Having won the last two grands prix, Hamilton leads the championship for the first time this season and has a slight three point margin over Vettel with seven races remaining. The next race is on the streets of Singapore, a layout that favours the Ferraris and is also good for the Red Bulls.
Wild Watkins Glen set up tense Indy Car finale
Championship leader Newgarden has a bad day at the office
Andretti Autosport’s Alexander Rossi held off Scott Dixon in a thrilling Grand Prix at The Glen 60-lap road course race, as the 2017 IndyCar Series championship tightened up with just one race remaining.
The one-time Formula One driver Rossi won the 60-lap race at Watkins Glen International from the pole, edging four-time Watkins Glen winner Scott Dixon (Ganassi Honda) by 0.9514 of a second at the flag.
Ryan Hunter-Reay finished third to give Andretti Autosport two podium finishers.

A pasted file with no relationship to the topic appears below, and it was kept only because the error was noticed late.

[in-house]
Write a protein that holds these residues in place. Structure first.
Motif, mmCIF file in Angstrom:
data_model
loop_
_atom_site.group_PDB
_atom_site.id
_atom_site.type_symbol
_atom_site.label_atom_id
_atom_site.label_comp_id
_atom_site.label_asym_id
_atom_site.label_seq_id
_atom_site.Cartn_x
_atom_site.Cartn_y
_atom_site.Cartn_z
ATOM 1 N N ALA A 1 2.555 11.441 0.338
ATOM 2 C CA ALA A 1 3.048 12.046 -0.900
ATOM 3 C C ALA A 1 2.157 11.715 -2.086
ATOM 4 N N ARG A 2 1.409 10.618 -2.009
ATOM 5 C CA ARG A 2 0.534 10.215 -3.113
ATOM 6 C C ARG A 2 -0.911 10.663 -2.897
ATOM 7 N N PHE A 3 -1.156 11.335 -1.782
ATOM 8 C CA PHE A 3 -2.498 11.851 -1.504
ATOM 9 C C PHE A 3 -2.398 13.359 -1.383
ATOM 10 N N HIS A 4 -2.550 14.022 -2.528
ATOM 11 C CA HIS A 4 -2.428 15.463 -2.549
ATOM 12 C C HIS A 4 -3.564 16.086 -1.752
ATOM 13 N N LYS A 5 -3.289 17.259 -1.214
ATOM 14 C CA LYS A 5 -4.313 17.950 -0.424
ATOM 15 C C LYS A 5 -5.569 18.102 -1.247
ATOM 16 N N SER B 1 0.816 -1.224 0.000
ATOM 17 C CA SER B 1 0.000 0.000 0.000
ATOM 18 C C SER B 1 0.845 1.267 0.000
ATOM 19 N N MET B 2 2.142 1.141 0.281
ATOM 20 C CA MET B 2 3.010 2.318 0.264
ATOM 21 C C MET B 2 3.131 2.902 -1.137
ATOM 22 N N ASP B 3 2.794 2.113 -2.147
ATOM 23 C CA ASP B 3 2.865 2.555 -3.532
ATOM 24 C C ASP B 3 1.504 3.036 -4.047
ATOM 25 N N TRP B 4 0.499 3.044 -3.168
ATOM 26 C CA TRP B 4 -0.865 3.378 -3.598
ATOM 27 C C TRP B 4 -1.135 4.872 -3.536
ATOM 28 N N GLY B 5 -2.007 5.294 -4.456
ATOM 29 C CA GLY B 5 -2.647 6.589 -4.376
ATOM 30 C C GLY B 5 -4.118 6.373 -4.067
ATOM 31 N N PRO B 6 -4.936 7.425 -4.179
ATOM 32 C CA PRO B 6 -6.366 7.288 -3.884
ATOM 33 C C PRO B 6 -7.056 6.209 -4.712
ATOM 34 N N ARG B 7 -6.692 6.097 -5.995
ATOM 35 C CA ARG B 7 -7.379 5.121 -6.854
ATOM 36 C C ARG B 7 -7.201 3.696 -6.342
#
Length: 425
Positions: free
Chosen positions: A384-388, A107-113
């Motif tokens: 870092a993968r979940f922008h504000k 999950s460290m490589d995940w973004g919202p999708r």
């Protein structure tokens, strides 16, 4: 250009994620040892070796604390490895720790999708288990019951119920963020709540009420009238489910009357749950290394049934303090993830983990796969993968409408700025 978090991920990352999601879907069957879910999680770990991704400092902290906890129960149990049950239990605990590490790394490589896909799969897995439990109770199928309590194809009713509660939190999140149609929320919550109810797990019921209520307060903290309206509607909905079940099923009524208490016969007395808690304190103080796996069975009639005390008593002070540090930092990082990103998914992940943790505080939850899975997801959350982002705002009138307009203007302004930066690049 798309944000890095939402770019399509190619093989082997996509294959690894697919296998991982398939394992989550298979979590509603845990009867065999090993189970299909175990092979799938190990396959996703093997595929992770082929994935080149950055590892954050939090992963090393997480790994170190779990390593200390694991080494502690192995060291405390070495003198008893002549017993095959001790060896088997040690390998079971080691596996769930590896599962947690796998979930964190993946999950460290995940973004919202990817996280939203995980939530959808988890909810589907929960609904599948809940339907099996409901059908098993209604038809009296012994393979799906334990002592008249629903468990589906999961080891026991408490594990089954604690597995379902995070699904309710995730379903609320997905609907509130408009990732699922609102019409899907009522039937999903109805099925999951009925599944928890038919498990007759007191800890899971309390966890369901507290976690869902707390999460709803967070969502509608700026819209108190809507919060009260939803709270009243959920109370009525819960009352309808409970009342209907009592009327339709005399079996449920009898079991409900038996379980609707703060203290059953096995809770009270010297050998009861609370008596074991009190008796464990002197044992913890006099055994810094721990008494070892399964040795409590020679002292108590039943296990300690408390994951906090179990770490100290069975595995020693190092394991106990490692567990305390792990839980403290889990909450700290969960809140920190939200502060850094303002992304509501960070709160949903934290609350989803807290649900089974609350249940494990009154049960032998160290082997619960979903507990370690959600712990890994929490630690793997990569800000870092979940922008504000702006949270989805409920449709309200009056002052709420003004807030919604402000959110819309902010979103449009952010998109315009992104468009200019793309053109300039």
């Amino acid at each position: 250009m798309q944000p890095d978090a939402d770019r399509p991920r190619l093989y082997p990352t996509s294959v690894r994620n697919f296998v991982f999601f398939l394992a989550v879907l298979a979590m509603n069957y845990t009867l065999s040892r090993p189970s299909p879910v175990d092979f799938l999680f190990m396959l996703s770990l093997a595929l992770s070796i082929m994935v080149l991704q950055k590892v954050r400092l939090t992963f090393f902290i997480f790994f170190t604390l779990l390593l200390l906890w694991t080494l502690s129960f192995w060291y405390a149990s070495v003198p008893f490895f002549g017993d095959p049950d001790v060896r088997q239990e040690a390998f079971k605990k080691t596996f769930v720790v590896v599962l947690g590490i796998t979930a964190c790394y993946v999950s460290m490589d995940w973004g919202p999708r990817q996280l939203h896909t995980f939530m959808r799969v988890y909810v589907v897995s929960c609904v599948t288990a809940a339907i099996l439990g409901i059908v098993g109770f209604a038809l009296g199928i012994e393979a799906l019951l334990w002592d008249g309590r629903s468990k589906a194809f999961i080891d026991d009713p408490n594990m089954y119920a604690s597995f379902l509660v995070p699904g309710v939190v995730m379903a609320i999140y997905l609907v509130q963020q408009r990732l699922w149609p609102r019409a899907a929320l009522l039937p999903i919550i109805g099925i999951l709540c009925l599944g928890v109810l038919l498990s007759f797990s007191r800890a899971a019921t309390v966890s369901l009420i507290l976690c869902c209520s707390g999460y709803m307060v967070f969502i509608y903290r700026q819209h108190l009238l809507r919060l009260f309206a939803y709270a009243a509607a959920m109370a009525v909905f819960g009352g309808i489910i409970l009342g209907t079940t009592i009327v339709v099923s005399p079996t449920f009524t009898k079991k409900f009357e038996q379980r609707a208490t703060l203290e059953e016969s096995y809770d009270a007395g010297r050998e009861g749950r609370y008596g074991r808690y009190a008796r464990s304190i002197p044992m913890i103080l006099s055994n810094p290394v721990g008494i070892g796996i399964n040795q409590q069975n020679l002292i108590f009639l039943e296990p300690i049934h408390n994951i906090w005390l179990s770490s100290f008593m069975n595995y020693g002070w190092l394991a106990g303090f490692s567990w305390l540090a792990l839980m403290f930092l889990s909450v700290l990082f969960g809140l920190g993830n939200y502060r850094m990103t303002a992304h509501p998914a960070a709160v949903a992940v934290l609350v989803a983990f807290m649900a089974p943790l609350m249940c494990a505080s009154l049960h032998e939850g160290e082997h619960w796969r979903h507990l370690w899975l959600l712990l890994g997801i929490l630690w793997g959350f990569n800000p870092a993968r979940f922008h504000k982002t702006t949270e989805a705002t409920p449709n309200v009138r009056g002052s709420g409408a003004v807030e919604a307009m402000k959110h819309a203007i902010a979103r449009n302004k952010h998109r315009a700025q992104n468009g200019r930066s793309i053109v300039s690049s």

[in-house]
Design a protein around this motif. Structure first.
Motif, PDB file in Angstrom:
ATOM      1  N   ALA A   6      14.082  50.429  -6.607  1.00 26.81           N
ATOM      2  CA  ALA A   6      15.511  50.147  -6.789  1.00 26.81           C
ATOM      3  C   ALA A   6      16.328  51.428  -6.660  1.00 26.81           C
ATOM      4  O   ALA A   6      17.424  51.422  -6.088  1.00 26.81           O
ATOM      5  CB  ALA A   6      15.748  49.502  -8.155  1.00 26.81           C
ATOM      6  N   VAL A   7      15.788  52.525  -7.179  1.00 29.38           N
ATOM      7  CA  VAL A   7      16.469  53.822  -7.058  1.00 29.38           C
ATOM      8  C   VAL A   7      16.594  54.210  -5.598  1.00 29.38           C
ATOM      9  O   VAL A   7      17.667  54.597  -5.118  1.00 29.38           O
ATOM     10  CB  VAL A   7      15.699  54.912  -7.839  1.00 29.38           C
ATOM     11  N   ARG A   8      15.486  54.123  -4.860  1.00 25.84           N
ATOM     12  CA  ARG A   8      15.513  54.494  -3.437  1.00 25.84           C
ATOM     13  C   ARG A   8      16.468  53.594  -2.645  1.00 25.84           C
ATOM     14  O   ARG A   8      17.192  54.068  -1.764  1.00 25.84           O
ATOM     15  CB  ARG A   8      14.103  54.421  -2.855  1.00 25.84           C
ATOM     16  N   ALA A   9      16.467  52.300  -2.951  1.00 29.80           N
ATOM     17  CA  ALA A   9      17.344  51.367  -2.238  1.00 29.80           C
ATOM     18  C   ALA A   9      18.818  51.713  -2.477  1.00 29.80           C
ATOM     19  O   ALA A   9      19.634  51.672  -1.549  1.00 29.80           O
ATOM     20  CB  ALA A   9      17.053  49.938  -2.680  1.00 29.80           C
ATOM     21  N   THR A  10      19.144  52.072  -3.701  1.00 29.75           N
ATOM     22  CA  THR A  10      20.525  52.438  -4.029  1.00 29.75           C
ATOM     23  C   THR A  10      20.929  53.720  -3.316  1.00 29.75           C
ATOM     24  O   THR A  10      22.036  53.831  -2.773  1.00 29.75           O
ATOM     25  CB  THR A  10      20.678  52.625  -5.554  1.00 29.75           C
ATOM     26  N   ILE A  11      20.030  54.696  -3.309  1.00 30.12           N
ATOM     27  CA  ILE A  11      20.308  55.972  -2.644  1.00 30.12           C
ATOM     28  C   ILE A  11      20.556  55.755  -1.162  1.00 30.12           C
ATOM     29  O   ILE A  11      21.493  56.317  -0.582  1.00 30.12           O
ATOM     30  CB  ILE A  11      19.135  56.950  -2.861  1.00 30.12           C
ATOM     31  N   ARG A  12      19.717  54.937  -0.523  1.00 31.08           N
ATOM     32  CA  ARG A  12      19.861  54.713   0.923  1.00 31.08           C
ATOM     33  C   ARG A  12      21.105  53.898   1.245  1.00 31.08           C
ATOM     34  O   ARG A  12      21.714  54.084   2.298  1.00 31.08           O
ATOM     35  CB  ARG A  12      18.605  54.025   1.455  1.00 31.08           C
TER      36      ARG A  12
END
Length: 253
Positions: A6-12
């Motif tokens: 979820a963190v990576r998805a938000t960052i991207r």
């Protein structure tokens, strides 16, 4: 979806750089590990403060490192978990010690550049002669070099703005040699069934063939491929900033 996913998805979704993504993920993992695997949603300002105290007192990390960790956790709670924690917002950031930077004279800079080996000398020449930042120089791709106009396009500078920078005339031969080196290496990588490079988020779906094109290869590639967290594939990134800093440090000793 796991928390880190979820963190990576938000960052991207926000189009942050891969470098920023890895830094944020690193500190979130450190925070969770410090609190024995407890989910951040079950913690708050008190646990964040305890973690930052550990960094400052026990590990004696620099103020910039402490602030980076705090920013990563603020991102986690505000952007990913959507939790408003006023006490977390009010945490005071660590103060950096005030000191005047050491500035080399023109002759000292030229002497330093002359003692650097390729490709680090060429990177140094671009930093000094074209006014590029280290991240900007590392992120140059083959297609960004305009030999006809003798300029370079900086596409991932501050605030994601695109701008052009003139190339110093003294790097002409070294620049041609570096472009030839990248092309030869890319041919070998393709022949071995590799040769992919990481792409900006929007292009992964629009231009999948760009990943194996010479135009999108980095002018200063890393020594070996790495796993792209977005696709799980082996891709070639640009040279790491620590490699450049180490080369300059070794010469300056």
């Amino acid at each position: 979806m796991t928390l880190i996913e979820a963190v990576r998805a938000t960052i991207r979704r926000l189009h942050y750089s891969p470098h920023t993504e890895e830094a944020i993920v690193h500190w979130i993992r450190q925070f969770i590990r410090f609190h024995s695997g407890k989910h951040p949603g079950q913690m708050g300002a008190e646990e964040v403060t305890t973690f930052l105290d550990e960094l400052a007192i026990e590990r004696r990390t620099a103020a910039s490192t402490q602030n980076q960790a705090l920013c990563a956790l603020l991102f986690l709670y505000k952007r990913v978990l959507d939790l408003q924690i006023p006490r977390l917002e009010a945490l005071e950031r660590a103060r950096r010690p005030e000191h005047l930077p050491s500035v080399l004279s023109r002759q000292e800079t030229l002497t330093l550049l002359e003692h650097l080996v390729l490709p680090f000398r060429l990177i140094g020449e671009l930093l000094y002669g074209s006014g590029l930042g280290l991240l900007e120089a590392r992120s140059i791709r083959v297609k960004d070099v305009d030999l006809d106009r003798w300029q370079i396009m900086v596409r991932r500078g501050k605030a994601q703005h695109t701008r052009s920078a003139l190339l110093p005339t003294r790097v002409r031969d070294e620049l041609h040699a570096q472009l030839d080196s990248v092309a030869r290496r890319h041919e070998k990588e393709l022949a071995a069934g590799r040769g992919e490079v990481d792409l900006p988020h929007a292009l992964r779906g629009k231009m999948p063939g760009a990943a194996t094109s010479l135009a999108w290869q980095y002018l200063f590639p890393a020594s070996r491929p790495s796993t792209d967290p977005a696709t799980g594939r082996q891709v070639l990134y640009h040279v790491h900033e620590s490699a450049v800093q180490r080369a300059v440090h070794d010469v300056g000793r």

The win was Rossi’s second in the IndyCar Series after his victory in the 2016 Indianapolis 500.
Josef Newgarden, who held a handy lead going into the Watkins Glen race, finished way back in 18th after his Penske Chevrolet car was damaged in a collision leaving the pits.
The American’s lead has now shrunk to a mere three points over New Zealand’s Scott Dixon.
September 17’s double points season finale, the GoPro Grand Prix of Sonoma – another road course – will settle the championship with seven drivers still mathematically in the title hunt.
Helio Castroneves’ fourth at The Glen allowed the Penske Chevrolet driver to retain third in the championship, 22 points behind Newgarden.
Australia’s Will Power still has a chance. Sixth at Watkins Glen, he is fifth in the standings, 68 points from the lead.
Matt Campbell wins Monza Supercup
Second Porsche round victory for Queenslander